BC Liberals unveiled a promise to work with Coastal First Nations to end the trophy hunting of grizzly bears in the Great Bear Rainforest as part of their new platform, which constitutes a major victory for Coastal First Nations and environmental groups that have been working for years to end the controversial practice in Coastal First Nation territories. However, this seems to be a calculated move by BC Liberals to garner headlines and steal some thunder from the NDP which has promised to end the trophy hunt of grizzlies province-wide, while BC Liberals have in fact recently extended the hunting season until June 15 for 2017.
"It is a welcome development to have both major parties supporting the call to end the grizzly hunt in the Great Bear Rainforest. It shows how mainstream this issue has become. The evidence is overwhelming as there is no economic, ecological or ethical justification for continuing the hunt. That said, the Liberals need to clarify whether their announcement applies to the entirety of the Great Bear Rainforest or only Coastal First Nations territory, as that is not exactly clear from the statement they put out yesterday," said Chris Genovali, executive director of Raincoast Conservation Foundation.
While the election promise could be a step in the right direction, it will save only about 11 grizzlies annually according to Steve Thomson, a small number compared to the 300 grizzlies hunted in the whole of the province. As Julius Strauss, owner and operator of Grizzly Bear Ranch said in a statement: “While this is certainly welcome news it does not address 90% of the issue. Bear-viewing brings in more than ten times what grizzly hunting does and many operators are not in the Great Bear Rainforest.”
He also pointed out that a recent poll showed that the whole of British Columbia, including the Interior, is opposed to the hunt by an overwhelming majority and wants to ban the practice.
The questions that arise are therefore: Will BC Liberals simply attempt to shift the conversation on this issues, while at the same time re-allocating the resident hunting tags to other areas of the province? Also what happens to the tenure licenses in the Great Bear Rainforest? Will they be allowed to expire? Will the province facilitate a sale of these licenses and who determines the value of those licenses? There are a lot of unanswered questions about the change in policy, which so far constitutes no more than a campaign promise with obvious political motivations, especially given that the BC Liberal’s Vancouver Island candidate, Darren DeLuca is well known for being a member or the Safari Club International and for running the Vancouver Island Guide Outfitters, a company that runs guided trophy hunts for foreigners.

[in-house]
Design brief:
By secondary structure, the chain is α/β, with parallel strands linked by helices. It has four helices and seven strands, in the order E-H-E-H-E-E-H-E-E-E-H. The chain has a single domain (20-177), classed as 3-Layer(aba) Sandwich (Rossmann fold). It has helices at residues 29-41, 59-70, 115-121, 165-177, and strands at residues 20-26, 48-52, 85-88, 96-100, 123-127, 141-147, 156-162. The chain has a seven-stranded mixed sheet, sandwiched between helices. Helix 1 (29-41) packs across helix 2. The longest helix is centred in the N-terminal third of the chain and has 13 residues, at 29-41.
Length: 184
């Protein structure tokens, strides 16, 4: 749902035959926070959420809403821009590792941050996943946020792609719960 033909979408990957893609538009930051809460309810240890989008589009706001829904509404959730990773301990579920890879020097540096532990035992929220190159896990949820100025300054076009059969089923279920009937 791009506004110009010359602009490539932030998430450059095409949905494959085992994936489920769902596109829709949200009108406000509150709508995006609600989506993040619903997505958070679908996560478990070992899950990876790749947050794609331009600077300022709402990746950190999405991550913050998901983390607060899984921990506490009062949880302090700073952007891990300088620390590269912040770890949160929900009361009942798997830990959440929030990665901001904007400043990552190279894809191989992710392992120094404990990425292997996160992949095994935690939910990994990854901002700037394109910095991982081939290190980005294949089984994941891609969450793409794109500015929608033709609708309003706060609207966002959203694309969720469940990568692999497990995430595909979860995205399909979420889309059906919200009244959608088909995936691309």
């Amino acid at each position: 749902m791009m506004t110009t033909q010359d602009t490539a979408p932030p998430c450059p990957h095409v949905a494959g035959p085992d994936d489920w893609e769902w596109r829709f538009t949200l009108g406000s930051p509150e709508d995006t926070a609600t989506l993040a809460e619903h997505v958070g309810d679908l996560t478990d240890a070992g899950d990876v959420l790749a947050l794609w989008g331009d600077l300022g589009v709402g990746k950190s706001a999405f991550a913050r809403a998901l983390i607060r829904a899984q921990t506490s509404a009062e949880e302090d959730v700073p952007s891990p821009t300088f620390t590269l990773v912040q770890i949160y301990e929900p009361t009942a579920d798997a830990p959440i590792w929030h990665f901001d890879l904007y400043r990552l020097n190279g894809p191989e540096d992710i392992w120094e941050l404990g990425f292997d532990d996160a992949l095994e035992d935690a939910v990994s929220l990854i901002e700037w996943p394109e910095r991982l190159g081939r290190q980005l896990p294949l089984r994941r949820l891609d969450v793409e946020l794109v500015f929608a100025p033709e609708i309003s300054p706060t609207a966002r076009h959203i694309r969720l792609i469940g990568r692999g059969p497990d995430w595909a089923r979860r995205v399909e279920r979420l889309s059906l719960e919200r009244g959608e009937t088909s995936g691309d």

First Nations have seen many promises broken over the years and there is certainly no guarantee that the BC Liberals will stick to their promise once re-elected and it seems of little help to the rest of the province where bear viewing operations simply cannot coexist with resident hunters who pose an obvious threat to bear viewing groups trying to photograph grizzlies while hunters are out to shoot them. Julius Strauss as well as the recent Grizzly Bear Foundation report also pointed out that there is a strong indication that the Limited Entry Hunt for resident hunters is run at a net-loss to the province, due to the enormous costs associated with the harvest allocation system.
So while this announcement may represent a step in the right direction it is far from being a reversal in policy for BC Liberals and certainly not an end in the struggle to ban grizzly bear trophy hunting in British Columbia.